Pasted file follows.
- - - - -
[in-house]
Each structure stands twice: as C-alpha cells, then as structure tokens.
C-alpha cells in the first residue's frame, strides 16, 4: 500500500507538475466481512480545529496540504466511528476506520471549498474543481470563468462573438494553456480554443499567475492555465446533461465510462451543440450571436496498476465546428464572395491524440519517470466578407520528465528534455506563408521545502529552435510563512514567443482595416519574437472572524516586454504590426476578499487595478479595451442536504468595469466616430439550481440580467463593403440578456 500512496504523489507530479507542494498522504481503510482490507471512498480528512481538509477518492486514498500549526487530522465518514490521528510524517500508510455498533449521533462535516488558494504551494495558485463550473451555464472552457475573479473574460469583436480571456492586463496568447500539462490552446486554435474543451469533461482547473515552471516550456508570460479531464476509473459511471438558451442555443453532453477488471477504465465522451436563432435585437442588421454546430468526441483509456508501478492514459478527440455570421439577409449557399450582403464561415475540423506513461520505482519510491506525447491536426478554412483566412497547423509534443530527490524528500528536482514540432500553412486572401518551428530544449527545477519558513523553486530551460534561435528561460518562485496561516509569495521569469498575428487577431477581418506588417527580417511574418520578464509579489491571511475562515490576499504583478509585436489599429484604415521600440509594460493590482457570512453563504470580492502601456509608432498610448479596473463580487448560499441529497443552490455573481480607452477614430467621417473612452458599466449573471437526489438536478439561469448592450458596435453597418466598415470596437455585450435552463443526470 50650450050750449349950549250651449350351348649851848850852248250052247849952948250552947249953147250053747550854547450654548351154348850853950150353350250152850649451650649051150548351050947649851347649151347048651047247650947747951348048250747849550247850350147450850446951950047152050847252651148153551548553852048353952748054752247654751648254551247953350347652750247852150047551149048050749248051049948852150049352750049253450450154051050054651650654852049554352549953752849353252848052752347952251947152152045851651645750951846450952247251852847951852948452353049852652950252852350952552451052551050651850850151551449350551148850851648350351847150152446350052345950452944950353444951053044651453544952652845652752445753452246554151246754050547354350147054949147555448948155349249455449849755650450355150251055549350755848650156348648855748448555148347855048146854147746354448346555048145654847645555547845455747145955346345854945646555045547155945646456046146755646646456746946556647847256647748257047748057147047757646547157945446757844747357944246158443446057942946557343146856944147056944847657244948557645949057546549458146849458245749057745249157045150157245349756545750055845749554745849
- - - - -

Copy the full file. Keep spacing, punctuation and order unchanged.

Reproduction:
[in-house]
Each structure stands twice: as C-alpha cells, then as structure tokens.
C-alpha cells in the first residue's frame, strides 16, 4: 500500500507538475466481512480545529496540504466511528476506520471549498474543481470563468462573438494553456480554443499567475492555465446533461465510462451543440450571436496498476465546428464572395491524440519517470466578407520528465528534455506563408521545502529552435510563512514567443482595416519574437472572524516586454504590426476578499487595478479595451442536504468595469466616430439550481440580467463593403440578456 500512496504523489507530479507542494498522504481503510482490507471512498480528512481538509477518492486514498500549526487530522465518514490521528510524517500508510455498533449521533462535516488558494504551494495558485463550473451555464472552457475573479473574460469583436480571456492586463496568447500539462490552446486554435474543451469533461482547473515552471516550456508570460479531464476509473459511471438558451442555443453532453477488471477504465465522451436563432435585437442588421454546430468526441483509456508501478492514459478527440455570421439577409449557399450582403464561415475540423506513461520505482519510491506525447491536426478554412483566412497547423509534443530527490524528500528536482514540432500553412486572401518551428530544449527545477519558513523553486530551460534561435528561460518562485496561516509569495521569469498575428487577431477581418506588417527580417511574418520578464509579489491571511475562515490576499504583478509585436489599429484604415521600440509594460493590482457570512453563504470580492502601456509608432498610448479596473463580487448560499441529497443552490455573481480607452477614430467621417473612452458599466449573471437526489438536478439561469448592450458596435453597418466598415470596437455585450435552463443526470 50650450050750449349950549250651449350351348649851848850852248250052247849952948250552947249953147250053747550854547450654548351154348850853950150353350250152850649451650649051150548351050947649851347649151347048651047247650947747951348048250747849550247850350147450850446951950047152050847252651148153551548553852048353952748054752247654751648254551247953350347652750247852150047551149048050749248051049948852150049352750049253450450154051050054651650654852049554352549953752849353252848052752347952251947152152045851651645750951846450952247251852847951852948452353049852652950252852350952552451052551050651850850151551449350551148850851648350351847150152446350052345950452944950353444951053044651453544952652845652752445753452246554151246754050547354350147054949147555448948155349249455449849755650450355150251055549350755848650156348648855748448555148347855048146854147746354448346555048145654847645555547845455747145955346345854945646555045547155945646456046146755646646456746946556647847256647748257047748057147047757646547157945446757844747357944246158443446057942946557343146856944147056944847657244948557645949057546549458146849458245749057745249157045150157245349756545750055845749554745849